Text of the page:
In Android 3 the connection to PC as Mass Storage Controller feature was removed.
Is there a way to access MTP-mounted phone as a drive letter? I want standard file manager programs (e.g. Total Commander) to work.
Android Enthusiasts Stack Exchange is a question and answer site for enthusiasts and power users of the Android operating system. It only takes a minute to sign up.Sign up to join this community
In theory, there is not a way to access your phone's memory card with a drive letter, because, as you said, Android now connects it as an MTP device, and not as a Mass Storage device. But, there are two solutions:
There are applications like FTPUse and NetDrive that will map that FTP address to a drive letter. I used NetDrive on Windows XP, but couldn't get it to work on Windows 7 64-bits, so now I use FTPUse, and it's working fine.
So, it's not exactly the same, and it's a bit slower, but it works, and I am able to browse folders, erase files, etc, and even use applications like WinDirStat to analyze folder sizes etc.
My method is based on the answer suggesting WebDAV. It could be replicated by an FTP, Samba or other networked file server. Essentially you start a WebDAV server on your android device, and mount it as a network drive. Your phone's IP must be visible to the computer you want to browse the files on. Generally this means you must be on the same local network. This solution exposes your phone's filesystem to your local network, and could cause some security issues. I do not recommend it for untrusted networks.
First get an install a WebDAV server app on your android device. I used WebDAV Server because the interface is simple, it was the first app in my search and the price is right (free!). Start your WebDAV server app and get its address. This should be something like
Next, open Computer in windows explorer. In the tool bar, under the address bar, click "Map Network Drive." Enter the address in the box labeled folder. Click finish. If the mapping fails make sure you can ping the IP address of your phone.
Boom! Your device should now show up in Computer as the drive letter you selected (Z: by default).
You can try to install a WebDAV server to the android device, then mount the WebDAV server as a drive on Windows 7. Here is a free WebDAV server from Google Play (Of course, there are many other WebDAV servers in Google Play). And the steps to mount the WebDAV server as a drive on Windows 7.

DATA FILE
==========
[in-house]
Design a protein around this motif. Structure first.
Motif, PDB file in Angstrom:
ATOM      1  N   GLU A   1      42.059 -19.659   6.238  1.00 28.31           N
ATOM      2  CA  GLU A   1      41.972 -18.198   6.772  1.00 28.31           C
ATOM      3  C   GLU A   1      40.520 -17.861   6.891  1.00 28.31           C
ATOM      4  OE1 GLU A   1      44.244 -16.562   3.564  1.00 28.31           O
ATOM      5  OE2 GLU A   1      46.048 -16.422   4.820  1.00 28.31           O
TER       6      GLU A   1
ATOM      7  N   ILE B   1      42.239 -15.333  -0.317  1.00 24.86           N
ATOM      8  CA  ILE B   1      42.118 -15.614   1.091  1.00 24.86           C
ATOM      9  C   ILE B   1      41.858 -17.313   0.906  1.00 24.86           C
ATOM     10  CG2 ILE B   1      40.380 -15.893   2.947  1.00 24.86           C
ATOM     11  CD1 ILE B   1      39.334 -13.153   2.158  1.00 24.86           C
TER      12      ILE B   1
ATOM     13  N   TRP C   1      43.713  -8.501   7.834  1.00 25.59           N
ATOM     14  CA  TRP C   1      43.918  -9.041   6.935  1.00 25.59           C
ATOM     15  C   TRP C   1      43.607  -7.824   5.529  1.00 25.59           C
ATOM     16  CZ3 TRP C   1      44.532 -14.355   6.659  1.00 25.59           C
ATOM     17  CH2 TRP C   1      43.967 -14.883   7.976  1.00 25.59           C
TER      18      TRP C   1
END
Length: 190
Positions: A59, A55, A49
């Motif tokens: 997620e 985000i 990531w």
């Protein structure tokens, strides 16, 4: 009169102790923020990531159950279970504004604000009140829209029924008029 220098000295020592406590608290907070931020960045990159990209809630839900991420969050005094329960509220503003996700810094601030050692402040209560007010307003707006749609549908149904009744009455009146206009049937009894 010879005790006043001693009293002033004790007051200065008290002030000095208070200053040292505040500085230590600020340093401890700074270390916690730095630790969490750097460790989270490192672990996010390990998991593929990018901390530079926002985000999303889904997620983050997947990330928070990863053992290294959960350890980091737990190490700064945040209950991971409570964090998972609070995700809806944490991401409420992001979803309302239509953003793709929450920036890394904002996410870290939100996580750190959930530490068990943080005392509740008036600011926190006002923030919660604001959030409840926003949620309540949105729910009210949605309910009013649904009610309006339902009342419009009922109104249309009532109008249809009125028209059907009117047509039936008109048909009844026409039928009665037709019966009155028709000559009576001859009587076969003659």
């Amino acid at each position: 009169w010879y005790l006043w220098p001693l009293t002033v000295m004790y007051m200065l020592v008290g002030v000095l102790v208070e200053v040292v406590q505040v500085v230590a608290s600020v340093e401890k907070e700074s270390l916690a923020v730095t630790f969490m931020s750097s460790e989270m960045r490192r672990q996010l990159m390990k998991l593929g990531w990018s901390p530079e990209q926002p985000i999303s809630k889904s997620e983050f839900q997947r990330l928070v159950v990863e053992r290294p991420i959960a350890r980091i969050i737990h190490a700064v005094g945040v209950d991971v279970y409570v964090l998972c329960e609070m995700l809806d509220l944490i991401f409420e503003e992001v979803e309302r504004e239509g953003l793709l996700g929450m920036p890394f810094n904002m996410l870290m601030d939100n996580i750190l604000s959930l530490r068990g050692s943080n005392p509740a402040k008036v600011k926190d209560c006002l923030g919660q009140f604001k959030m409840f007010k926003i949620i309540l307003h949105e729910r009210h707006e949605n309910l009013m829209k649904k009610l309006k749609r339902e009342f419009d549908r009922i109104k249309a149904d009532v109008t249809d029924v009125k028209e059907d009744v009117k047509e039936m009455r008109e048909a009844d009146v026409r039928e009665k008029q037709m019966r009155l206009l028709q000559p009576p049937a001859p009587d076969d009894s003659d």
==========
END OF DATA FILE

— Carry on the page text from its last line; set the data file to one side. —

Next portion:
http://www.totalcmd.net/plugring/TotalAndDroid.html - this plugin does not give you a drive letter, but beside of this - does the job. You can see all files of your Android device on TC panel and do all regular operations.
I've created a program called AndroidDrive that detects Android devices connected by USB and creates a drive containing the Android device's internal storage. It's free and open-source and does not require rooting (though it requires USB debugging to be enabled, see below). You can download a ZIP file with the program and its dependencies here.
For it to be able to detect and interact with your Android device, you need to enable USB debugging. To do so, follow these steps:
When AndroidDrive is running, it will automatically detect any Android devices that are connected by USB with USB debugging enabled, and create a drive for each of those devices. Here is a screenshot:
It can take some time for AndroidDrive to create the drive, especially if you have a lot of photos or other large files on your Android device. This means that there will often be some time between when you plug in the USB cable and when the drive appears in This PC.
By default, Android drives will have the same name as your hard drive (usually "Local disk"), but you can easily rename them in Windows Explorer.